Tuesday, January 13, 2009

Respecting Patient Plight and Hospital Mission

Rosemary Flanigan
January 13, 2009

Myra Christopher and I are teaching a class this week at the Kansas City University for Medicine and Biosciences. This is one of the three medical schools we have in KC and it has recently added a graduate degree in Bioethics. Terry Rosell is an adjunct faculty member there and we at the Center help him out from time to time.

Myra and I are to talk about ethics committees—an easy task—and I thought that the last hour’s case analysis should be in organizational ethics instead of clinical ethics—maybe because clinical ethics receives the major focus throughout the course.

So I looked in Kuczewski and Pinkus’ Casebook, and found one that the authors did NOT use as an ethics committee consult; instead, it is correspondence between the CEO and the CFO. I thought, “Why not have the CEO send the correspondence to the ethics committee?” and that’s what I did when I adapted the case. The ISSUE is non-payment of emergency room bills, especially prescription drugs.

I think it is a dandy ethical analysis to try to create measures that both respect the patient’s plight AND respects the mission of the hospital to act as good stewards of its resources.

HELP!!! What do you think?? (I’ll tell you some of the “CFO’s” suggestions later, but I see no reason why those suggestions couldn’t have been equally made by a good ethics committee.)

Please share and view comments by clicking here.

Labels: ,


Blogger risaden said...

It's hard to generalize, because it depends so much on what the medical issues are, what the drugs are, what the hospital's resources are. That said, someone within the system should be expected to assist the patient to utilize a more appropriate route for health care. Is there a "high-frequency ED SW" to try to sift through getting other resources for the patient? I think the hospital should devote some resources towards resolving the problem. If there is really no other way for this person to get healthcare or medications (we need to change the system!!!) then I think we have to provide care and medications that are appropriate. Is the medication a narcotic? I think it's ok to refuse narcotics (within reason, given the presentation) if there is reasonable effort to forwarn the patient and potentially contract with her/him about this policy. Another important strategy is to find out what this person's goals are medically. I don't think this gives us the right to refuse treatment, but it is important to engage the patient in a non threatening discussion regarding what goals are mutual and achievable within the ED setting. Even if coverage were not the issue, there are certainly limits on how much "primry care" can be provided in the ED.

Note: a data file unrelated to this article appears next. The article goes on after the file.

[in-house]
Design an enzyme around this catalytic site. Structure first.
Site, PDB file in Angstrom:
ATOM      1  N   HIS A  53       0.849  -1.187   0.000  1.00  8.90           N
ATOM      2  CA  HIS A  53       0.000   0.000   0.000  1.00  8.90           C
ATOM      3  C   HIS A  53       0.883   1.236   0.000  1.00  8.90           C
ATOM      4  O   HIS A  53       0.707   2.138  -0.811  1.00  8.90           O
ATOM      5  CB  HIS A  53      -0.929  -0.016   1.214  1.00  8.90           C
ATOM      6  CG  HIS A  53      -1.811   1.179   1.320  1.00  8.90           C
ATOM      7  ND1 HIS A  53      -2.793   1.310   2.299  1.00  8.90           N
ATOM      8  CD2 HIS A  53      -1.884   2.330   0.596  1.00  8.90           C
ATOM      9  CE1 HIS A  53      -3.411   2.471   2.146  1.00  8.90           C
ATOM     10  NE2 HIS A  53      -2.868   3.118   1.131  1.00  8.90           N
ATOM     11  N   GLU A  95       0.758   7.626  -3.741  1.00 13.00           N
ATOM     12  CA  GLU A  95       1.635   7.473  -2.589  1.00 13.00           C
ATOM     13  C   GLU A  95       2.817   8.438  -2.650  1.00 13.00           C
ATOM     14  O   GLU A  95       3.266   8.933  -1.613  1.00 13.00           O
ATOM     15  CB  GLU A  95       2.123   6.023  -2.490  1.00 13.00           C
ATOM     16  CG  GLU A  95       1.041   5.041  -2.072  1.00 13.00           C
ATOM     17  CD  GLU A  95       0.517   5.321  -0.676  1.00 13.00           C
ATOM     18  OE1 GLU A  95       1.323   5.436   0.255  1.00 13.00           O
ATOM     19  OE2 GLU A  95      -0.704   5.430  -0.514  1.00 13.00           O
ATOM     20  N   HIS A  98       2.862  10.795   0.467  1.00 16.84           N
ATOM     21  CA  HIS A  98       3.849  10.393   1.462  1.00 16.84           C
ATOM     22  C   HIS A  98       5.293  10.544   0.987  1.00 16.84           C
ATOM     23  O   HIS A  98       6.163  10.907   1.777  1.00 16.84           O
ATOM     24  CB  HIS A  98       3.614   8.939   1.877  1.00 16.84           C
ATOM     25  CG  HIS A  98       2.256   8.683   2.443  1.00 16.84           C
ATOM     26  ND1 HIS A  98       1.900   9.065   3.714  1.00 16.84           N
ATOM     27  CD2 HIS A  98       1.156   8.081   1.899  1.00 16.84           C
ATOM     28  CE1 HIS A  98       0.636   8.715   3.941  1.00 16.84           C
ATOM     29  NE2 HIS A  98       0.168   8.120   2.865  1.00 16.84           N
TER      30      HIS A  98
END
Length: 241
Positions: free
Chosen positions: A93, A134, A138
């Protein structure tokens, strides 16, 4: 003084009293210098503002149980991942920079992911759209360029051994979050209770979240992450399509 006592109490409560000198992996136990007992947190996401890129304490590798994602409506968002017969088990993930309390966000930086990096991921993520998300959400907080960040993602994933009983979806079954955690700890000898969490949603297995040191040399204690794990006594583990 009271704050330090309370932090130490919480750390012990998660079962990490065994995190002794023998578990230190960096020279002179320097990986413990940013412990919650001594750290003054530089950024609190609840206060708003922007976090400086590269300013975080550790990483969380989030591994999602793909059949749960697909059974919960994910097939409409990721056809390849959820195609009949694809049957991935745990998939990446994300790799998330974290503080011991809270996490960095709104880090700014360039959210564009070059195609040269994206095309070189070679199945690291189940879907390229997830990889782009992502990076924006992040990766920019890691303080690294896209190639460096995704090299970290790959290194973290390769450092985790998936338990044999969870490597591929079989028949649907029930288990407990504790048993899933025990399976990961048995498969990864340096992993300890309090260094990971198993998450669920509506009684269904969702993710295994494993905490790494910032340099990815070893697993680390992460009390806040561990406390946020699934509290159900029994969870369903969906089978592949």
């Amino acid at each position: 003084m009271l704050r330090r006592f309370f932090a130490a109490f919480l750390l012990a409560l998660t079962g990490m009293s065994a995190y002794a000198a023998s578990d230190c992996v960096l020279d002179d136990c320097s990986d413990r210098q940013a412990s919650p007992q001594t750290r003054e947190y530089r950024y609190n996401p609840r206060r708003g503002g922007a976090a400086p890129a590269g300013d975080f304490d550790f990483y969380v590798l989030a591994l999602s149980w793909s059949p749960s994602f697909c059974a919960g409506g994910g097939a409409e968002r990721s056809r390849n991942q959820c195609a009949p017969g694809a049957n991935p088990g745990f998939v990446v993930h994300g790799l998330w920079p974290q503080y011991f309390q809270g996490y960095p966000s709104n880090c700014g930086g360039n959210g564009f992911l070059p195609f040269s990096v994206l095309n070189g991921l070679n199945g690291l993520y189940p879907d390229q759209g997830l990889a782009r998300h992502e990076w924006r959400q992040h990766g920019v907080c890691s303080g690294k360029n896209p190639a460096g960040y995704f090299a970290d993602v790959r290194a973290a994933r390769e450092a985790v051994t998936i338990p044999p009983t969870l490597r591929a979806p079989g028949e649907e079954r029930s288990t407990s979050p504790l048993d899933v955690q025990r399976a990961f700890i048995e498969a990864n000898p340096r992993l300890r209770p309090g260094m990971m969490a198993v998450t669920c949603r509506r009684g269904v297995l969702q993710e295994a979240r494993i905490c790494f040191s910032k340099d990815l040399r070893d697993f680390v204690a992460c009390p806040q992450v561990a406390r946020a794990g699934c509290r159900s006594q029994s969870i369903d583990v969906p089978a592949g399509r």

Tuesday, January 13, 2009  
Blogger Practical Bioethics said...

This comment from John Lantos, MD:

The general problem with rationing – and we are talking about rationing – is to come up with a system that is fair and transparent.

Case-based ethics consultation is, generally, neither. There is no demand for or mechanism for consistency in ethic consultation. There is generally no transparency or procedural fairness, either. (that is, no rules of evidence, no guarantee that a patient will have appropriate counsel, no discovery process, no minutes, no body of case law that has precedent-setting value etc.)

Decisions are made ad hoc based upon the particular circumstances of the case and the moral impulses of the committee.

To avoid these problems, a system would have to prospectively articulate principles for rationing, make them public, defend them, and enforce them consistently.

The general problem for hospital administrations (and ethics committees who would become players in this) is that hospitals and their administrators are rightly concerned with the bottom line.

Whether they make money or lose money providing a particular treatment depends more on whether the patient is insured or can pay for treatment rather than on whether or not the treatment meets some general standard of cost-effectiveness or would be provided by a “wise steward” of societal resources.

Can we imagine a hospital (and its ethics committee) that would develop and apply resource allocation standards regardless of the patient’s ability to pay, and therefore regardless of whether the hospital was in a position to make money or lose money by providing the treatment?

Our entire health care finance system is based upon the idea that hospitals and their administrators should be profit-maximizers, among other things.

We trust the market more than we trust political processes. And to the extent that we oversee the market, using legal and regulatory systems, we generally do so in ways that empower patients to demand and receive services, not in ways that allow hospitals or HMOs or insurance companies to deny access.

So that a hospital CEO who consistently enforced a policy by which the hospital stopped providing profitable services in order to serve larger issues of societal justice would soon be out of a job and would likely be sued as well.

As Rosemary might say….HELP!

Friday, January 16, 2009  

Post a Comment

Subscribe to Post Comments [Atom]

<< Home